The board is yours, my friend.
Team Meshew is now sprinting to the stage to make its selection ... it appears they can’t believe he fell this far despite being Shaheen Al-Shatti’s top-ranked bantamweight ... Petr Yan!
Meshew: Are you sure I’m the rookie here? Because you are making some Day One mistakes, buddy. You call me a lunatic for putting this world-beating elder-god of a fighter in the top two and then proceed to suggest he’s going to unseat the best fighter in the world right now? The reigning pound-for-pound king and one of the greatest, most dominant fighters of all-time? Something is amiss. Look, I love me some Khamzat. As you noted, I have him ranked number two in the division. But the thing about being number two is IT’S NOT NUMBER ONE, and Kamaru Usman is not a man to be trifled with.
At least the Nunes choice is more defensible but, as the one person in MMA media who actually predicted that Peña would pull off the greatest upset of all-time, I’m going to stay away from putting my money behind a woman who we saw get thumped up by a good chin and a horrendous jab. When long-reigning champions finally get unseated, that almost always signals a changing of the guard and not merely a one-time lapse. Could Amanda Nunes reclaim the title this year? Absolutely! But she’s still vulnerable and history is against her. Not to mention that if she does reclaim it, a trilogy would probably be next up.
No, I’d rather use my one current challenger pick on a much safer bet: Your top-ranked bantamweight, Petr Yan.
I would argue that there is no one in MMA who has been more anti-Yan than me. You play stupid games, you win stupid prizes, and Yan did a very stupid thing against Aljamain Sterling and lost his belt as a result. It was a fair and just decision. But there is also a difference between winning a fight and winning a fight, and while Yan unequivocally did not do the former, he was pretty obviously doing the latter before he get himself DQ’ed, and I expect he will do the same when he and Aljo finally settle up at UFC 272. Yan is simply too good, too diverse, and too tactical for Aljo to hang with him for 25 minutes, and having now lost his title due to blatant idiocy, there’s minimal chance Yan does anything similar this time.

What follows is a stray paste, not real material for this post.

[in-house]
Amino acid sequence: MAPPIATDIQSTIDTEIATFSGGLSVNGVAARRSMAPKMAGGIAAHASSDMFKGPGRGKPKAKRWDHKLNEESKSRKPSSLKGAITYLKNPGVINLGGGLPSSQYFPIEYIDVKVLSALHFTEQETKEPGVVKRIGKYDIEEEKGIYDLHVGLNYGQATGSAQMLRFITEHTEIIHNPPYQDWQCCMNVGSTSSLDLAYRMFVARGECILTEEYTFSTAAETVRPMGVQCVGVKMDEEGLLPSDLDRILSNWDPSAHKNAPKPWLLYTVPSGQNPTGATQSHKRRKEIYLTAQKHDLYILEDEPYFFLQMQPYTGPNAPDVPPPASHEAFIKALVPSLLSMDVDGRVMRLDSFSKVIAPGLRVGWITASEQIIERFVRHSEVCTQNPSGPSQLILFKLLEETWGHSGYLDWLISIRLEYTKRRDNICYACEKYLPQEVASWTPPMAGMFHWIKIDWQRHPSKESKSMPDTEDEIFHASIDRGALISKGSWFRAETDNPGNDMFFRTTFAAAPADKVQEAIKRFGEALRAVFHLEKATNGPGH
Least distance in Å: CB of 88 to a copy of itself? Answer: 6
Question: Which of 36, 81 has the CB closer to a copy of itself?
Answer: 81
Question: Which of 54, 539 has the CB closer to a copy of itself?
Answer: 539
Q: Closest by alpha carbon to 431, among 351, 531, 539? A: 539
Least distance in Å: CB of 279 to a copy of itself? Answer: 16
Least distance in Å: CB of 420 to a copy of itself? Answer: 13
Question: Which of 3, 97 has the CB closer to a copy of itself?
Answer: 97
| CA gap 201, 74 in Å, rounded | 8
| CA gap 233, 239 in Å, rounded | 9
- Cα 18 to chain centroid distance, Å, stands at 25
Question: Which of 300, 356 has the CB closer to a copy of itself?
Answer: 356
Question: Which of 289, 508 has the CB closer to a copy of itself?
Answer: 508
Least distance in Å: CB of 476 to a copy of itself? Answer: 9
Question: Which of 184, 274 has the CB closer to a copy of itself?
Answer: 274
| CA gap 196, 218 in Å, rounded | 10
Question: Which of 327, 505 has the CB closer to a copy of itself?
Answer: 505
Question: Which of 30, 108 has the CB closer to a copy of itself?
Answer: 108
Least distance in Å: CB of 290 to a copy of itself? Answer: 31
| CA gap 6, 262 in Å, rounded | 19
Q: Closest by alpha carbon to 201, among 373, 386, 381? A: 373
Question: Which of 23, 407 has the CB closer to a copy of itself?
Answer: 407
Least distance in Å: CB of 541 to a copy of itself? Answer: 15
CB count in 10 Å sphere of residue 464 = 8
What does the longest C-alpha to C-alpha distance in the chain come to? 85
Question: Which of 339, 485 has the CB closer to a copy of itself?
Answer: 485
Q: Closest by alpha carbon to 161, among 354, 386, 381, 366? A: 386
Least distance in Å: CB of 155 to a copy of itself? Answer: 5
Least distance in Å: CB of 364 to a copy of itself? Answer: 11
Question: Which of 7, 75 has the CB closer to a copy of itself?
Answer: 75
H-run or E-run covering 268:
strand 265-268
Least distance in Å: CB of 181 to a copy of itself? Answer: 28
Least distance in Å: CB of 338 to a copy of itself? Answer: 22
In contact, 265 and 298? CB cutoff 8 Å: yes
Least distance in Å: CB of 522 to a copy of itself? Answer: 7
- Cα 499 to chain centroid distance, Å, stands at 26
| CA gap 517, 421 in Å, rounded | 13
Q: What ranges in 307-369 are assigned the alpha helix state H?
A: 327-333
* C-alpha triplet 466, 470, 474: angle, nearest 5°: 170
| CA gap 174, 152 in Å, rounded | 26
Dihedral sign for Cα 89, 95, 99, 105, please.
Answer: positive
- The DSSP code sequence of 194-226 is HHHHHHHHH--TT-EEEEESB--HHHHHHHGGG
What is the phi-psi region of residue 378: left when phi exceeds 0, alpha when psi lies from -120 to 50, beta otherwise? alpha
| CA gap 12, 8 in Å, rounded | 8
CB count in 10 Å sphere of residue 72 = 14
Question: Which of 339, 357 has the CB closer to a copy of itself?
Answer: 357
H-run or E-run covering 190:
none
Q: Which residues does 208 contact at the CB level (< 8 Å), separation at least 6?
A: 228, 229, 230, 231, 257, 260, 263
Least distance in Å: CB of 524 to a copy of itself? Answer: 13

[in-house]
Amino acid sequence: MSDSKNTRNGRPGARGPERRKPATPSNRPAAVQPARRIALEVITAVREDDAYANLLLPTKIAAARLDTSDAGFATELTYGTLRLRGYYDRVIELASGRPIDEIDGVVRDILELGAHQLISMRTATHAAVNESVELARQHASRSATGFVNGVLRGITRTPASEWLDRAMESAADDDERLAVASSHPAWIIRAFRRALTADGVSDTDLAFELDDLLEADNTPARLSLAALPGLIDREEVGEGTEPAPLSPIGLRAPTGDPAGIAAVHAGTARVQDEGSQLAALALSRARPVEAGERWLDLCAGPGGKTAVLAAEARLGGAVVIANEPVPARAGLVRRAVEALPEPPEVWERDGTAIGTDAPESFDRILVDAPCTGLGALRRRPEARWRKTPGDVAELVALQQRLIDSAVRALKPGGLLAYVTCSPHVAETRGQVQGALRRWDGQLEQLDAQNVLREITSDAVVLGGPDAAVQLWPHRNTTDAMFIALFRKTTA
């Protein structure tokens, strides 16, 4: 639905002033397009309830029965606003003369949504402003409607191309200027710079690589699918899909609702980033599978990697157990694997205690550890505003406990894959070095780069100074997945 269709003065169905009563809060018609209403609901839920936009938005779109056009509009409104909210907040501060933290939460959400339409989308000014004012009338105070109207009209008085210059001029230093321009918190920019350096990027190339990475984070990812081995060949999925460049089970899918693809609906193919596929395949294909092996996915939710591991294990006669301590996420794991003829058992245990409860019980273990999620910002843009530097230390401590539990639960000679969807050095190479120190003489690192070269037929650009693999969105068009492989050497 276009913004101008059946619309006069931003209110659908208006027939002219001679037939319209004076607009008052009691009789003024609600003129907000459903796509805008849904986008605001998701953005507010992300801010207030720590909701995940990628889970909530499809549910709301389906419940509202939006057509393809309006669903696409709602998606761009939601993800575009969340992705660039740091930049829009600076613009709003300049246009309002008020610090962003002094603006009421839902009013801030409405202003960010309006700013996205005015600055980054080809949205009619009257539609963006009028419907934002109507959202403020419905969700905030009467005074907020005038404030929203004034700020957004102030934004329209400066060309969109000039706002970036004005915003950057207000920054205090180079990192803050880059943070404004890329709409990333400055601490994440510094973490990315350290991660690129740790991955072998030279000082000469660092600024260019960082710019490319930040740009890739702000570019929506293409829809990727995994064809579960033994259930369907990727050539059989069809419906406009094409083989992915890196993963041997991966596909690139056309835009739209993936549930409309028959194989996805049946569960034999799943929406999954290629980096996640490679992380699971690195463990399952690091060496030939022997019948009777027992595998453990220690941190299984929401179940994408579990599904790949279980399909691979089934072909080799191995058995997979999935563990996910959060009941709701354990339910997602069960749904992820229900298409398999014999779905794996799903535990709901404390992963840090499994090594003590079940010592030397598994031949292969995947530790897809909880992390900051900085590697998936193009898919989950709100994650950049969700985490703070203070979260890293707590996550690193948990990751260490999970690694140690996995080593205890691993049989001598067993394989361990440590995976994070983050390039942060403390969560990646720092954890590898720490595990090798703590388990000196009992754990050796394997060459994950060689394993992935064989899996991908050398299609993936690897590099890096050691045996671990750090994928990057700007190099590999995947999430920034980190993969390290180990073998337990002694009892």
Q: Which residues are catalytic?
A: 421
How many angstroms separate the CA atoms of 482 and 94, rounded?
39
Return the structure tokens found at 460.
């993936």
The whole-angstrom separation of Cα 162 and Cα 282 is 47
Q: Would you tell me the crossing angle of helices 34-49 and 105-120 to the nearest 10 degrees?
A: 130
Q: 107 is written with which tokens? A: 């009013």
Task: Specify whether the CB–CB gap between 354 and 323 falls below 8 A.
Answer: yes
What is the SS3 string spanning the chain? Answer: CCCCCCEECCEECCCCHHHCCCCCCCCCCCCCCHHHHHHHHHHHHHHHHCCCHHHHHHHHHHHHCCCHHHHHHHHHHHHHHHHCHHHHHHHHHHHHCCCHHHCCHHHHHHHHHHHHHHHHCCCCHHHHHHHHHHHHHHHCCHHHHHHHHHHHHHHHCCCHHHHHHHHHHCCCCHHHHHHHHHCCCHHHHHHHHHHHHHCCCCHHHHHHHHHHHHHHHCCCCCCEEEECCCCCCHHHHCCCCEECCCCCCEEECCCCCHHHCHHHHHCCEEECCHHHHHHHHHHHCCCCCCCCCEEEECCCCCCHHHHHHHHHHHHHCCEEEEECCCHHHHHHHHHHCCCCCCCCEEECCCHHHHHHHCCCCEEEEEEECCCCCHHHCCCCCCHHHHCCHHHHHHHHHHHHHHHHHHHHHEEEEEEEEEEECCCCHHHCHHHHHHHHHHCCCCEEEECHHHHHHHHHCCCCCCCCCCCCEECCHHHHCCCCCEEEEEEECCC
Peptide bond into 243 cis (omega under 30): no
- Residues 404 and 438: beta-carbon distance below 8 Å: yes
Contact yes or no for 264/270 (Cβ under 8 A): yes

Team Meshew now with the wheel and they’re taking their time with this one ... it appears there is some internal debate going on ... oh wait, I believe the pick is in ... wow, out of nowhere ... Magomed Ankalaev!
Meshew: Which brings me to my final selection, and this one is where I’m going to be digging deep. With my first two choices, I feel very confident that both fighters are the best in their respective divisions and will get their chance to prove it. But for my third choice, I’m less certain. Aside from bantamweight and lightweight, the reigning champions or next contenders all appear to be well-situated to retain their belts into 2023. But, I came into this exercise with two overarching draft philosophies: 1) Pick the best man or woman in each division (always bet on talent), and, 2) when in doubt, go with a Russian.
Fortunately, Magomed Ankalaev may satisfy both.